Server Infrastructure Tools, Monitoring Software

by Nelson King

Keeping an eye on your servers requires more than eyeballs. Server monitoring tools oversee server operation, traffic, and usage. We look at what organizations are monitoring and provide a matrix to help determine which products meet your needs.

Monitoring many servers — i.e., keeping an eye on their operation — is one step toward meeting two priorities: troubleshooting and optimizing.

Hardware may fail, and software may not perform well enough. Servers may fail entirely, or worse, appear to be operating while they are no longer performing vital functions. The more servers a company is managing, the greater the likelihood of problems and the more difficult it becomes to monitor them. Then there's the not so small matter of getting bang for the buck. Are the servers performing well enough? Can a group of servers be considered reliable?

These and similar considerations are behind the need for specialized software that falls under the category of server monitoring tools.

Getting the most from server monitoring tools is more than a numbers game of managing as many servers as possible with the fewest number of people. It's also a matter of what is monitored. In most cases, this means three areas:

  1. Monitoring server operation (the running status)
  2. Monitoring server traffic (both in and out)
  3. Monitoring the results of server use (keeping logs, statistics, and analysis)

Within the three areas, the products that monitor servers also cover (albeit somewhat unevenly) a great deal of functionality, which can be broken down like this:

  • Physical: Monitoring the physical hardware includes keeping an eye on the temperature, power supply, and the functioning of components, such as disk drives. Many of these are critical elements, and failure means a dead server. Software that monitors the hardware can be very specific, for example, it works on IBM servers but not Dell servers.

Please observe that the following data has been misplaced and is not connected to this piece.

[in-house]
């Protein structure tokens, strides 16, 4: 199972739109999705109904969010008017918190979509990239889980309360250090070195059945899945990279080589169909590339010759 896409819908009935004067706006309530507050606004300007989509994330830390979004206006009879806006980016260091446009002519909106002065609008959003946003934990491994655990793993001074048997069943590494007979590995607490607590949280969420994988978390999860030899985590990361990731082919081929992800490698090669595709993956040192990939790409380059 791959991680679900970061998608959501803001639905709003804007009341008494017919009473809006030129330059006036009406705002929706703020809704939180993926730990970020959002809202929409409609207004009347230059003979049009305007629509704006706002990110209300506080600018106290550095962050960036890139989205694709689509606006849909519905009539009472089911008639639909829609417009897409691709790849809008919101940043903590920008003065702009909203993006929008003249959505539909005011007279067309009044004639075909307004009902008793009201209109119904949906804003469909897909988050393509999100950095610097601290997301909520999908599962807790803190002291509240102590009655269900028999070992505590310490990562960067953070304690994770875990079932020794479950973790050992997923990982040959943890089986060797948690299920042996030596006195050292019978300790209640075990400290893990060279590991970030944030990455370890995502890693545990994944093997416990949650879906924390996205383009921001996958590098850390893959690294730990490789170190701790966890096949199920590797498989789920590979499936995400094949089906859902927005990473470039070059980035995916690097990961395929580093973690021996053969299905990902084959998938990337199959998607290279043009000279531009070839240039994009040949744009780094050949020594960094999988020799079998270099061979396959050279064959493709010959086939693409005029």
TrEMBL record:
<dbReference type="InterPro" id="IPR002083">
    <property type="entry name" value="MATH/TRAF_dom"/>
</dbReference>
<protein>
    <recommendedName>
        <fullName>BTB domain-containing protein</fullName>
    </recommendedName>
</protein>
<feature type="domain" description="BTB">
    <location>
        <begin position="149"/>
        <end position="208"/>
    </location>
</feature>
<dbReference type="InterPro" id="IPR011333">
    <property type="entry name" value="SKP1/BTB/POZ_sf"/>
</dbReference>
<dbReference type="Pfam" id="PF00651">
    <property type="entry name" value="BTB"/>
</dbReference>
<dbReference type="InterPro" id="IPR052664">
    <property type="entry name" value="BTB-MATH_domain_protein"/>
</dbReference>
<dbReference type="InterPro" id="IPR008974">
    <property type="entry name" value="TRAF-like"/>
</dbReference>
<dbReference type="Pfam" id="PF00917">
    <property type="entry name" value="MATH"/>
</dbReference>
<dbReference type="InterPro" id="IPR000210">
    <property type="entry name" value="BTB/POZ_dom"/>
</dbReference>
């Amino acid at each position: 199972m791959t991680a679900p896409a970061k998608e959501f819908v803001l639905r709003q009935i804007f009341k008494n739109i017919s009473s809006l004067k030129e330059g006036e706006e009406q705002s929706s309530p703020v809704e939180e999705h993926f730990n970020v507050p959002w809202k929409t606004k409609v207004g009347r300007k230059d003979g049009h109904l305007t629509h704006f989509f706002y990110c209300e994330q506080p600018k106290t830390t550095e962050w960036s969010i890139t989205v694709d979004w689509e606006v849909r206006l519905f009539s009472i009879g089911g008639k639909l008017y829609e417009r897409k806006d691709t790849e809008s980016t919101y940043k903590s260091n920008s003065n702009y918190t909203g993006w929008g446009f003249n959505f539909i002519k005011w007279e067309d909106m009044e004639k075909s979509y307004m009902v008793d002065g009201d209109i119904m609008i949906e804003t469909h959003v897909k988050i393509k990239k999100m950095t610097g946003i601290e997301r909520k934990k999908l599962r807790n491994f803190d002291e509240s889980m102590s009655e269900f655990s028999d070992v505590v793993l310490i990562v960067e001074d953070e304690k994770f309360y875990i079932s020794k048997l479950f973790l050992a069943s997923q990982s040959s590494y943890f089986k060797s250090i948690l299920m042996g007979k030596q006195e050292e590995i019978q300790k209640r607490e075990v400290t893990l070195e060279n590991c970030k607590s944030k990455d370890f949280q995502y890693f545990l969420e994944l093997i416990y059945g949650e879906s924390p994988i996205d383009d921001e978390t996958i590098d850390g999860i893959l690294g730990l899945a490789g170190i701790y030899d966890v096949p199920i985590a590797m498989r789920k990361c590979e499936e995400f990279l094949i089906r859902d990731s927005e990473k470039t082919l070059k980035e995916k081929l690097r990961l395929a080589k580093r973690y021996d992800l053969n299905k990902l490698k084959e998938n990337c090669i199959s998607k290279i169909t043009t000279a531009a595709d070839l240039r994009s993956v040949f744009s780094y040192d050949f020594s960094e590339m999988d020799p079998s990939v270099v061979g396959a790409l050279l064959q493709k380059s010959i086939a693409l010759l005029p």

• Server Performance: Monitoring the performance of a server (e.g., CPU usage, available disk space, and memory availability), especially under a variety of conditions, helps with both troubleshooting and optimization.
  • Services: All servers run a number of services (e.g., DNS, POP3, and TCP). Many of these are critical to server operation. Again, if they fail, the server fails. Most monitoring software covers a wide range of services.
  • Network: An old and very large area of server monitoring is associated with operating a network. This is often considered a separate category of monitoring software, although such functionality is often built into general-purpose server monitoring tools.

In addition, many server monitoring tools are designed for a particular type of server (e.g., Web or database servers). We've provided at the end of this article a ServerWatch Functions Checklist for server monitoring tools. Although the matrix attempts to cover features generally available, it barely scratches the surface of the more-specialized features for monitoring Web servers or networks.

In all, server monitoring software is very diverse, and literally hundreds of products are on the market. Most offer "real-time" monitoring that displays the current condition of servers along with historical monitoring, which is the record of server performance over time. Server monitoring tools are also packaged in different ways: They are always included in the big server management suites, such as IBM Tivoli or Computer Associates Unicenter. There are a large number of general server monitoring products, such as GFI Software Network Server Monitor and BMC Software Server Monitoring and Management.